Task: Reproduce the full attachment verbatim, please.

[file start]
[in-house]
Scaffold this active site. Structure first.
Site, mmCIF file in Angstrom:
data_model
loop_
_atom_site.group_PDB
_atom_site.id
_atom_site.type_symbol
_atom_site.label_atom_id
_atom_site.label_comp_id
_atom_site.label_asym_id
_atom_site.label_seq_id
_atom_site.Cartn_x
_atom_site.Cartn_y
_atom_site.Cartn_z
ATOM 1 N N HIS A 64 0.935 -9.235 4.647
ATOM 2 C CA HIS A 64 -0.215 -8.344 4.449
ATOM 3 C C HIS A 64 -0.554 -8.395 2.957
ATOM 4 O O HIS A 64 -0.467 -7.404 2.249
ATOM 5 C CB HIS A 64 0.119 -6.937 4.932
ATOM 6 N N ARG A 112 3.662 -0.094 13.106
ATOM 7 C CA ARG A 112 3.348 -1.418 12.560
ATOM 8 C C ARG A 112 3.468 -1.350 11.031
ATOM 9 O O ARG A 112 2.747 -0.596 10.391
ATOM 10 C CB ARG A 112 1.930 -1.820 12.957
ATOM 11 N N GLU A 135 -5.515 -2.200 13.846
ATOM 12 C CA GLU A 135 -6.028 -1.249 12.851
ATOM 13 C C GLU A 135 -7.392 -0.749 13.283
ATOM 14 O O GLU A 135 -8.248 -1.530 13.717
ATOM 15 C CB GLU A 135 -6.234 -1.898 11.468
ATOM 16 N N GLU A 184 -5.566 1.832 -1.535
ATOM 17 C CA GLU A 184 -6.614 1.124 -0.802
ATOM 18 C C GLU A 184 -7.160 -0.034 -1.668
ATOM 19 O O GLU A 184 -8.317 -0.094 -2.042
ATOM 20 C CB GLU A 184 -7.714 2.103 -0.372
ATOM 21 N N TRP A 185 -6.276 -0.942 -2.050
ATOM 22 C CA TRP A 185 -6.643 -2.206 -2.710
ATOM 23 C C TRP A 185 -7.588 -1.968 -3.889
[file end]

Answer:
[in-house]
Scaffold this active site. Structure first.
Site, mmCIF file in Angstrom:
data_model
loop_
_atom_site.group_PDB
_atom_site.id
_atom_site.type_symbol
_atom_site.label_atom_id
_atom_site.label_comp_id
_atom_site.label_asym_id
_atom_site.label_seq_id
_atom_site.Cartn_x
_atom_site.Cartn_y
_atom_site.Cartn_z
ATOM 1 N N HIS A 64 0.935 -9.235 4.647
ATOM 2 C CA HIS A 64 -0.215 -8.344 4.449
ATOM 3 C C HIS A 64 -0.554 -8.395 2.957
ATOM 4 O O HIS A 64 -0.467 -7.404 2.249
ATOM 5 C CB HIS A 64 0.119 -6.937 4.932
ATOM 6 N N ARG A 112 3.662 -0.094 13.106
ATOM 7 C CA ARG A 112 3.348 -1.418 12.560
ATOM 8 C C ARG A 112 3.468 -1.350 11.031
ATOM 9 O O ARG A 112 2.747 -0.596 10.391
ATOM 10 C CB ARG A 112 1.930 -1.820 12.957
ATOM 11 N N GLU A 135 -5.515 -2.200 13.846
ATOM 12 C CA GLU A 135 -6.028 -1.249 12.851
ATOM 13 C C GLU A 135 -7.392 -0.749 13.283
ATOM 14 O O GLU A 135 -8.248 -1.530 13.717
ATOM 15 C CB GLU A 135 -6.234 -1.898 11.468
ATOM 16 N N GLU A 184 -5.566 1.832 -1.535
ATOM 17 C CA GLU A 184 -6.614 1.124 -0.802
ATOM 18 C C GLU A 184 -7.160 -0.034 -1.668
ATOM 19 O O GLU A 184 -8.317 -0.094 -2.042
ATOM 20 C CB GLU A 184 -7.714 2.103 -0.372
ATOM 21 N N TRP A 185 -6.276 -0.942 -2.050
ATOM 22 C CA TRP A 185 -6.643 -2.206 -2.710
ATOM 23 C C TRP A 185 -7.588 -1.968 -3.889